Date of Award


Degree Type


Degree Name

Doctor of Philosophy (PhD)


Criminology and Criminal Justice

First Advisor

Amy L. Anderson


The purpose of this dissertation is to examine the manner in which different types of prior victimization affect juveniles’ offense type. There is a strong relationship between victimization and offending, meaning that victims are more likely to be offenders and offenders are more likely to be victims, but the exact nature of this relationship remains imprecise. Youth with a history of victimization have an increased risk of delinquency and justice system involvement during adolescence and adulthood. Additionally, a majority of incarcerated youth report having experienced at least one type of victimization before their system involvement and youths’ victimization experiences tend to differ by gender. Many scholars have argued that victimization elicits unique effects on females’ illicit behavior and pathways into criminal behavior but the empirical research regarding the gendered effects of victimization on offending are mixed. This dissertation seeks to explore the relationships between justice-involved youths’ prior victimization experiences and their current criminal behavior using the Survey of Youth in Residential Placement (SYRP) 2003 (Sedlak, 2003). The SYRP is currently the only large-scale, nationally representative sample that collects detailed information directly from justice-involved youth about their prior victimization experiences. One of the primary goals of this dissertation is to determine whether youth with a history of victimization are involved in the justice system for different offenses than non-victimized youth. I will also examine whether different types of victimization and polyvictimization are related to specific forms of offending or a variety of offenses. Finally, I will examine whether the effects of different victimization types on different offense categories are the same for males and females while controlling for other relevant factors known to influence delinquency. Overall, justice-involved youth with a history of victimization were more likely to be system-involved for violent offenses, while youths without a history of victimization were more likely to be involved for minor, non-violent offenses. I found that different types of victimization were related to specific forms of offending rather than general delinquency, and that these relationships varied by gender.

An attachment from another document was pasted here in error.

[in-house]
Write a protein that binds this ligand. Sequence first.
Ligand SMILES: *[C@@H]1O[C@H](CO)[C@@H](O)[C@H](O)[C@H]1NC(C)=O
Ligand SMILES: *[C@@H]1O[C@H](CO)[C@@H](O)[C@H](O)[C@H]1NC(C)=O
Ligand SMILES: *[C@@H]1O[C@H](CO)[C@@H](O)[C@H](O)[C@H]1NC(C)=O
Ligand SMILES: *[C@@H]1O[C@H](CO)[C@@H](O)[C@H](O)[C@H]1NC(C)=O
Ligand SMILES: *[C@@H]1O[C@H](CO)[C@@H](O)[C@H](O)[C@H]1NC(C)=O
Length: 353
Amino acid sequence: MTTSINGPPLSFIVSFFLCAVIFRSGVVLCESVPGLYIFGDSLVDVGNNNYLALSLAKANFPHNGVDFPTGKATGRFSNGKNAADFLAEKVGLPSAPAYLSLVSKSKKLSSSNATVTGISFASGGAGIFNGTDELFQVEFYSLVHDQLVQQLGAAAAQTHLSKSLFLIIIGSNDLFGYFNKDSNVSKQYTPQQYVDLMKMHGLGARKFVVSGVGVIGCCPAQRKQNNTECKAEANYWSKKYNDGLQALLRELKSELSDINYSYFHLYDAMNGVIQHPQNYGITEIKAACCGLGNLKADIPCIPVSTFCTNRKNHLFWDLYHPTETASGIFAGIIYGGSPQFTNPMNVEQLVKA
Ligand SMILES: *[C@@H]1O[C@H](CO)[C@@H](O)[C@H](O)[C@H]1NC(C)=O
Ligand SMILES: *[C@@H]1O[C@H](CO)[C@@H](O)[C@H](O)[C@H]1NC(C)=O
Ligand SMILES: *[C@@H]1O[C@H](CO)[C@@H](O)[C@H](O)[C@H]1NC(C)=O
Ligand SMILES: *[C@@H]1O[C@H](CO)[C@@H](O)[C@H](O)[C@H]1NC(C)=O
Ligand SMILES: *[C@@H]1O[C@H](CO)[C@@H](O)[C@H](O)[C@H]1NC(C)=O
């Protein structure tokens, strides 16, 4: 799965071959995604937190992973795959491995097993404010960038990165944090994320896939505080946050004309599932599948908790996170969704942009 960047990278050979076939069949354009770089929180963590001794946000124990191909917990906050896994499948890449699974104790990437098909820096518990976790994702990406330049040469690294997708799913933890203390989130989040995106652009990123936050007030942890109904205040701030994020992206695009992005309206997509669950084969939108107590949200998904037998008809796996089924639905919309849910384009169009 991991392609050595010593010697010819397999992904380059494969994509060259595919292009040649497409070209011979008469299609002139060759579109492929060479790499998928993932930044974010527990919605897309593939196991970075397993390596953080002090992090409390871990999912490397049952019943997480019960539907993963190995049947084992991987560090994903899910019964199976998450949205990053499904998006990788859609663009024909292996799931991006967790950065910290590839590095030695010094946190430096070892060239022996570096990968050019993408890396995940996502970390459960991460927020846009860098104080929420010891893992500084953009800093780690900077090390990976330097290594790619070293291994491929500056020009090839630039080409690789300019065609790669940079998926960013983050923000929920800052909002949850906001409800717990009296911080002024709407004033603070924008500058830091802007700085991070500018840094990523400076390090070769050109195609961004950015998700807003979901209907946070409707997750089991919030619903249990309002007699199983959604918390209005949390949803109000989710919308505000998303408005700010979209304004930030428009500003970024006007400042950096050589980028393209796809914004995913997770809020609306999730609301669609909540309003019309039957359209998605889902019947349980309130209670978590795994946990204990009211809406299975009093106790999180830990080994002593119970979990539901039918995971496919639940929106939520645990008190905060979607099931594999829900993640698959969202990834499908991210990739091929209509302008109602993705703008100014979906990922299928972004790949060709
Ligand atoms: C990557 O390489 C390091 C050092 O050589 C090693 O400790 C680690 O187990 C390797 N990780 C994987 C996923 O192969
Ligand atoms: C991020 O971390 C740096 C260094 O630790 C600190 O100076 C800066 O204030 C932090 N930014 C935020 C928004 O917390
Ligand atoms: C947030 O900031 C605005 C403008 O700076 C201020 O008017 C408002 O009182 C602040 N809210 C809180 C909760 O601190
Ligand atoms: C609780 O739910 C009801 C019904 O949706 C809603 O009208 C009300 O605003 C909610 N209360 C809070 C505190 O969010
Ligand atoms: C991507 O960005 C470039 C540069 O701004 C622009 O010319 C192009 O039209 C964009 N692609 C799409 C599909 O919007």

Presented to the Faculty of The Graduate College at the University of Nebraska In Partial Fulfillment of Requirements For the Degree of Doctor of Philosophy Major: Criminology and Criminal Justice Under the Supervision of Dr. Amy L. Anderson Omaha, Nebraska April, 2018.

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